During a recent conversation with a mentor of mine, I was discussing a project we just completed and going through some self-reflection on how the project went. Did we accomplish our goal? Why/why not? If given the opportunity again, would I do it any differently? On this particular project, I wasn’t satisfied with the result, and (let’s get real for a moment, I’m not ashamed to admit this) I didn’t think the result – or lack thereof – was my fault. There. I said it. It wasn’t my fault. I did my part, but some of the other parties involved in the project dropped the ball*.
We’ve all been there before – and we’ve also all been on the other side of the coin*, too. I’ve failed many times in my career and in my personal life. I’ve been a ball dropper before. But all of us will occasionally be confronted with moments where it was someone else – or a group of people – who had their “drop the ball” moment, and how we respond is critical to our own growth.
In my case, I was debating with my mentor about the role of leadership in these situations. In leadership, you aren’t privy to every conversation or every minute detail. You can’t DO everything yourself. I had to delegate some of the work and let our team carry out the vision or goal, if for nothing else than their own personal development. But as a leader, how do you balance the desire to get your hands dirty and also recognize when you’re overstepping your boundaries and micro-managing a project to death? These were the types of questions my mentor and I were discussing when he hit me with one of those great sports analogies: Do you trust your teammates to make the block?
His point was simple. Pick any team sport you want – with the exception of doubles tennis. (Which shouldn’t exist, by the way. That court is way too small for 4 people and a tennis balls flying around at 100 mph.) In my case, my mentor was referencing football. On the offensive line, you’ve got 5 players trying to keep the defense from sacking the quarterback. Each lineman has his person to block. And you can do everything right as an individual, but if a teammate misses his or her assignment, it’s going to be all for naught.
What my mentor was getting at was related to how to build trust. Unless you’ve been working with someone for 20 years, it’s very likely you might have some hesitancy in relinquishing complete control of a project or task. Unfortunately, you might not always have a choice. You might be forced to relinquish control due to time or resource constraints. And these are the moments where you have to trust your teammates to make their blocks.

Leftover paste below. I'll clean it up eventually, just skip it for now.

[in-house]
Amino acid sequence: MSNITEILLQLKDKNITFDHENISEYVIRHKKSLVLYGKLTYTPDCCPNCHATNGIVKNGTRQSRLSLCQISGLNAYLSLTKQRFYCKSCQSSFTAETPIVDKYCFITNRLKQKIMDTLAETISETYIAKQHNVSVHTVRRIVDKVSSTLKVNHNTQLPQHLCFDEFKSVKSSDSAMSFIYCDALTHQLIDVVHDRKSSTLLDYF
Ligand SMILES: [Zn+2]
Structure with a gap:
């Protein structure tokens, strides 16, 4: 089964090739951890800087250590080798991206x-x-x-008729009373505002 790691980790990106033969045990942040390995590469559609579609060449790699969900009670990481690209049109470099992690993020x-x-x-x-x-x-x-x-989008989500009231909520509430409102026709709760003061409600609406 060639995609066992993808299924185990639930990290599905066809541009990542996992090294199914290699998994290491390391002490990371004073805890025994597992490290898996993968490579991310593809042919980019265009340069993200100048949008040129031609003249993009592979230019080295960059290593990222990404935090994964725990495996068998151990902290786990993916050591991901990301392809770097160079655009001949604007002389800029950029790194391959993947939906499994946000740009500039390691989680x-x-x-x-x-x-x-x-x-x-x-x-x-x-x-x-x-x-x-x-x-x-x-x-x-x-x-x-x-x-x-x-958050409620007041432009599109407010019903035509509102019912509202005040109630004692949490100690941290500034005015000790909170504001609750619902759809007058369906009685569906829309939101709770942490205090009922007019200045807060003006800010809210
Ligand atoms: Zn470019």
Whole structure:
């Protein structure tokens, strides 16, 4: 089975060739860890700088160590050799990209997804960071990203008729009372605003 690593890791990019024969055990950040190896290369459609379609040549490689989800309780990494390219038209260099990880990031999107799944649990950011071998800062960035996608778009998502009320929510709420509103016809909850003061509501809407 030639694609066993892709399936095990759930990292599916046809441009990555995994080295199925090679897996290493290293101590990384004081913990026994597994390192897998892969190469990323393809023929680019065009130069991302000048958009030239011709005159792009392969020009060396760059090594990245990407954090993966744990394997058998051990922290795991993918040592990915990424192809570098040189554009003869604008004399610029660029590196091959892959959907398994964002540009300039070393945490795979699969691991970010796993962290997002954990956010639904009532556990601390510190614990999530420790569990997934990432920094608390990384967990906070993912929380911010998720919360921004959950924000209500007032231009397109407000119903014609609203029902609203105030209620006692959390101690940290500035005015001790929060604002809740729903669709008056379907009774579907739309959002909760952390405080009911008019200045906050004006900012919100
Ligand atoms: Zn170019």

So what do you do if you don’t have the trust built yet? Well, here are a few things I learned about building a stronger sense of trust in working relationships:
More frequent interaction.
Trust is built over time and often AFTER you’ve seen someone produce consistent results. But it can also be sped up by frequently communicating. Find opportunities to connect more often with new business partners and you’ll speed up the time it takes to build trust.
Be intentional with delegated responsibilities on new projects.
Whether you’ve assigned responsibility to a teammate or an outside party, ask specific questions about the project to gain insight into the project’s progress. For example:
When is the last time you met with ______? What did you learn which is impacting the project?
What are some early results you think will come from the work?
Are you seeing any red flags*?
Are we going to meet the deadline and be ready to execute Day 1? Why or why not?
Don’t hesitate to speak up.
Your gut telling you something’s not right? Haven’t heard from the project team in too long? At the end of the day, you’ve got just as much skin in the game as anyone. There’s nothing wrong with asking for updates or a quick meeting directly from the source if you need a little more comfort to feel confident.
Give those ideas a try next project and I’m sure it will help make your result even stronger. Now if you’ll excuse me, I’m off to play some doubles tennis with my wife. Because I love nothing more than being afraid for my life as a person 10 feet from me tries to impale me with hardened rubber. Have a great day!
*That’s sports analogy #1.
*Sports analogy #2, as long as you count slot machine poker as a sport.
*Yet another sports analogy – thanks, bullfighters!